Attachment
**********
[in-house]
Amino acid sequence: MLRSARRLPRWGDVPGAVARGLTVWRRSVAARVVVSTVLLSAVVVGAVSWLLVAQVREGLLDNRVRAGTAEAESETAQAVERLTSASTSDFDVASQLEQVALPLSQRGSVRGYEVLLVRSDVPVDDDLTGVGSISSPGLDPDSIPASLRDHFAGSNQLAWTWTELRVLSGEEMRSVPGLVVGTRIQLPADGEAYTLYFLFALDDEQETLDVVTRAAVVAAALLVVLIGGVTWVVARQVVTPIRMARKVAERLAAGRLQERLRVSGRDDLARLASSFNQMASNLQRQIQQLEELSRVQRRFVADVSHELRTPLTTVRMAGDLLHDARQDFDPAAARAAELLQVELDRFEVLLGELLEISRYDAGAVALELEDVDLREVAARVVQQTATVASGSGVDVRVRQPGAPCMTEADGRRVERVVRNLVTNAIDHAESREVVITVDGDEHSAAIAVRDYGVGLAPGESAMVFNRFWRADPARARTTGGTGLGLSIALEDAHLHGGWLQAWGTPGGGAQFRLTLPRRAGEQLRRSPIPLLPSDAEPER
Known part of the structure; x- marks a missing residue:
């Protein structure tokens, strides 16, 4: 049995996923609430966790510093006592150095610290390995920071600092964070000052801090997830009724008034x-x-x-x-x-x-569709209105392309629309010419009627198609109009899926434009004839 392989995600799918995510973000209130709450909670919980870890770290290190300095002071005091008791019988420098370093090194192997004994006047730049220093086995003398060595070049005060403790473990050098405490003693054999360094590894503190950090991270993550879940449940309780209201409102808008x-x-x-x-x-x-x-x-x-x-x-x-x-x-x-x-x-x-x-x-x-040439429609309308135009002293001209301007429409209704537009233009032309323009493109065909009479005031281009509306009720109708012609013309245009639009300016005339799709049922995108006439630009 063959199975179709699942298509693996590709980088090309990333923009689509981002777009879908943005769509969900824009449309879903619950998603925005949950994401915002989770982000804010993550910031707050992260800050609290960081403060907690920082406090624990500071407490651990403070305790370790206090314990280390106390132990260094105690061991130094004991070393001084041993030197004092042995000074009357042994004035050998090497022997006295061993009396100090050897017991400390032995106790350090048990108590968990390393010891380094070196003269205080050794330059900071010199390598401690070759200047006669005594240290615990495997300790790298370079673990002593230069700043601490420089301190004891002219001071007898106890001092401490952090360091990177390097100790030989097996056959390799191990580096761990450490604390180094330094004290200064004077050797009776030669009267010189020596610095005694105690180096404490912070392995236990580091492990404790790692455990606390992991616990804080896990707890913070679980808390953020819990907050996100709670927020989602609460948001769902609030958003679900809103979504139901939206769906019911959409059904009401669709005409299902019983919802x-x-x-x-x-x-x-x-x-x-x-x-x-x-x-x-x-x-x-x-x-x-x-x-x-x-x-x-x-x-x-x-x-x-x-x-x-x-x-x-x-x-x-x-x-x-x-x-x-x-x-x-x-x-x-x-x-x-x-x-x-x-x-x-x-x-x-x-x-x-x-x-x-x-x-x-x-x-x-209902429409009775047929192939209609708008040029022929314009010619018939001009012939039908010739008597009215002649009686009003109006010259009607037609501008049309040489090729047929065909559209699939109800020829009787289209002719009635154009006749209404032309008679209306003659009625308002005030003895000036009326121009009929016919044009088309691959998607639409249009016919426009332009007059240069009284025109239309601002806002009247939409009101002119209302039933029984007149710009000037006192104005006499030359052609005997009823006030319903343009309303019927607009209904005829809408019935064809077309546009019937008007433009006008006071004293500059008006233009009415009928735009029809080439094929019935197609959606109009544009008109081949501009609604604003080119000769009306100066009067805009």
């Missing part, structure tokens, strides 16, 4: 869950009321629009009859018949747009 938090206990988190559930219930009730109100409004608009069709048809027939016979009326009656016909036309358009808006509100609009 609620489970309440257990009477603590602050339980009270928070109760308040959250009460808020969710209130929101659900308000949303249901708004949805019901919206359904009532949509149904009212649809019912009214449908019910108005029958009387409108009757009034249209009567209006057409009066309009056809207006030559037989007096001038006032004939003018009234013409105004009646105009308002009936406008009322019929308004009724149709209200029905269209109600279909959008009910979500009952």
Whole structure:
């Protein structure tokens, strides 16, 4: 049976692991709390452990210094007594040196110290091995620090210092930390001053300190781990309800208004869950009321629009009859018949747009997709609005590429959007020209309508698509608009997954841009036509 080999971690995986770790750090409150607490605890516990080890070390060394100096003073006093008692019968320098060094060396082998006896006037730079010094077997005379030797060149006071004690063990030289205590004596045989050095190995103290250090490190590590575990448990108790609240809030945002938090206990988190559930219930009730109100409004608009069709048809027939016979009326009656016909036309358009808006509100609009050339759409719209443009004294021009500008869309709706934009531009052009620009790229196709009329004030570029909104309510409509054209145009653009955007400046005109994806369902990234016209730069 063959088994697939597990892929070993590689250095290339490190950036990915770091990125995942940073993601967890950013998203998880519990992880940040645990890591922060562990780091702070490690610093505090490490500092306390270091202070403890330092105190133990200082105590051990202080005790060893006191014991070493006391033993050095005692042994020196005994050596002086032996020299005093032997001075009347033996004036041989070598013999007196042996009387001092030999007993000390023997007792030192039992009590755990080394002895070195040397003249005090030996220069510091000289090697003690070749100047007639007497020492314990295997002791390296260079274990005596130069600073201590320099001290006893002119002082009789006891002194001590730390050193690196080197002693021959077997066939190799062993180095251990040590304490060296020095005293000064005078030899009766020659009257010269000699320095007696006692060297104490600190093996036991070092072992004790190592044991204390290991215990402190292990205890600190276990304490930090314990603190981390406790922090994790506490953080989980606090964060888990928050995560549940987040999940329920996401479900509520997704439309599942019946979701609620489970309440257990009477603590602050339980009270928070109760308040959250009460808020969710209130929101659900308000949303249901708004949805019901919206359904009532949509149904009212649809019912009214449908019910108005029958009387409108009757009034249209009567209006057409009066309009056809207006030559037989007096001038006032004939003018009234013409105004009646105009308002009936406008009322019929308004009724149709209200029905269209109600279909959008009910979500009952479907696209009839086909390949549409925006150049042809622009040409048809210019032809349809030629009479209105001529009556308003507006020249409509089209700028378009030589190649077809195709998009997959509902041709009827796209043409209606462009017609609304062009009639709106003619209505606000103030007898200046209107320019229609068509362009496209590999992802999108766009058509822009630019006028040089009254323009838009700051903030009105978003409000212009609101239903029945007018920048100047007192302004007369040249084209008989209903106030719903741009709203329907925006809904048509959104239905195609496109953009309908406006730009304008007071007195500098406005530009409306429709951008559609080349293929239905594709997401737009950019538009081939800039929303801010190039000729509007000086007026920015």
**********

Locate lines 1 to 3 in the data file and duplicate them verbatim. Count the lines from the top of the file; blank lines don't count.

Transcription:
[in-house]
Amino acid sequence: MLRSARRLPRWGDVPGAVARGLTVWRRSVAARVVVSTVLLSAVVVGAVSWLLVAQVREGLLDNRVRAGTAEAESETAQAVERLTSASTSDFDVASQLEQVALPLSQRGSVRGYEVLLVRSDVPVDDDLTGVGSISSPGLDPDSIPASLRDHFAGSNQLAWTWTELRVLSGEEMRSVPGLVVGTRIQLPADGEAYTLYFLFALDDEQETLDVVTRAAVVAAALLVVLIGGVTWVVARQVVTPIRMARKVAERLAAGRLQERLRVSGRDDLARLASSFNQMASNLQRQIQQLEELSRVQRRFVADVSHELRTPLTTVRMAGDLLHDARQDFDPAAARAAELLQVELDRFEVLLGELLEISRYDAGAVALELEDVDLREVAARVVQQTATVASGSGVDVRVRQPGAPCMTEADGRRVERVVRNLVTNAIDHAESREVVITVDGDEHSAAIAVRDYGVGLAPGESAMVFNRFWRADPARARTTGGTGLGLSIALEDAHLHGGWLQAWGTPGGGAQFRLTLPRRAGEQLRRSPIPLLPSDAEPER
Known part of the structure; x- marks a missing residue: